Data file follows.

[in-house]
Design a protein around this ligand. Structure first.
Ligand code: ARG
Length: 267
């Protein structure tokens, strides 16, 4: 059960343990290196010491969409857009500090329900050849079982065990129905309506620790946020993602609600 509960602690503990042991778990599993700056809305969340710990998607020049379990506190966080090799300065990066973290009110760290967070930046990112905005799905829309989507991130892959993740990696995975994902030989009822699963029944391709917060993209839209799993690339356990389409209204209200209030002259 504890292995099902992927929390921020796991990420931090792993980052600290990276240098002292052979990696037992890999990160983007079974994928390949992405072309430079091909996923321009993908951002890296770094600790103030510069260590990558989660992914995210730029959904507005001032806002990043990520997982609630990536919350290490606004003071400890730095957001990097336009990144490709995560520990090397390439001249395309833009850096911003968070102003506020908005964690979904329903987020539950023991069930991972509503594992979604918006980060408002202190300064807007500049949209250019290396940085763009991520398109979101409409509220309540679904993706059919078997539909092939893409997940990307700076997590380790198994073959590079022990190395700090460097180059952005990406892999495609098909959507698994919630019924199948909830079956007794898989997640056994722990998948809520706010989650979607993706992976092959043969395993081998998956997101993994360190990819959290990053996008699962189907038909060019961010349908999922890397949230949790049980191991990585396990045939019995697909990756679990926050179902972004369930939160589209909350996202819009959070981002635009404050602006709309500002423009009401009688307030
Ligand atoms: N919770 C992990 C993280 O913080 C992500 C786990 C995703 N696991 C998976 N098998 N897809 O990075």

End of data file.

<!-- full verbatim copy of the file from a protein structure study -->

[in-house]
Design a protein around this ligand. Structure first.
Ligand code: ARG
Length: 267
């Protein structure tokens, strides 16, 4: 059960343990290196010491969409857009500090329900050849079982065990129905309506620790946020993602609600 509960602690503990042991778990599993700056809305969340710990998607020049379990506190966080090799300065990066973290009110760290967070930046990112905005799905829309989507991130892959993740990696995975994902030989009822699963029944391709917060993209839209799993690339356990389409209204209200209030002259 504890292995099902992927929390921020796991990420931090792993980052600290990276240098002292052979990696037992890999990160983007079974994928390949992405072309430079091909996923321009993908951002890296770094600790103030510069260590990558989660992914995210730029959904507005001032806002990043990520997982609630990536919350290490606004003071400890730095957001990097336009990144490709995560520990090397390439001249395309833009850096911003968070102003506020908005964690979904329903987020539950023991069930991972509503594992979604918006980060408002202190300064807007500049949209250019290396940085763009991520398109979101409409509220309540679904993706059919078997539909092939893409997940990307700076997590380790198994073959590079022990190395700090460097180059952005990406892999495609098909959507698994919630019924199948909830079956007794898989997640056994722990998948809520706010989650979607993706992976092959043969395993081998998956997101993994360190990819959290990053996008699962189907038909060019961010349908999922890397949230949790049980191991990585396990045939019995697909990756679990926050179902972004369930939160589209909350996202819009959070981002635009404050602006709309500002423009009401009688307030
Ligand atoms: N919770 C992990 C993280 O913080 C992500 C786990 C995703 N696991 C998976 N098998 N897809 O990075």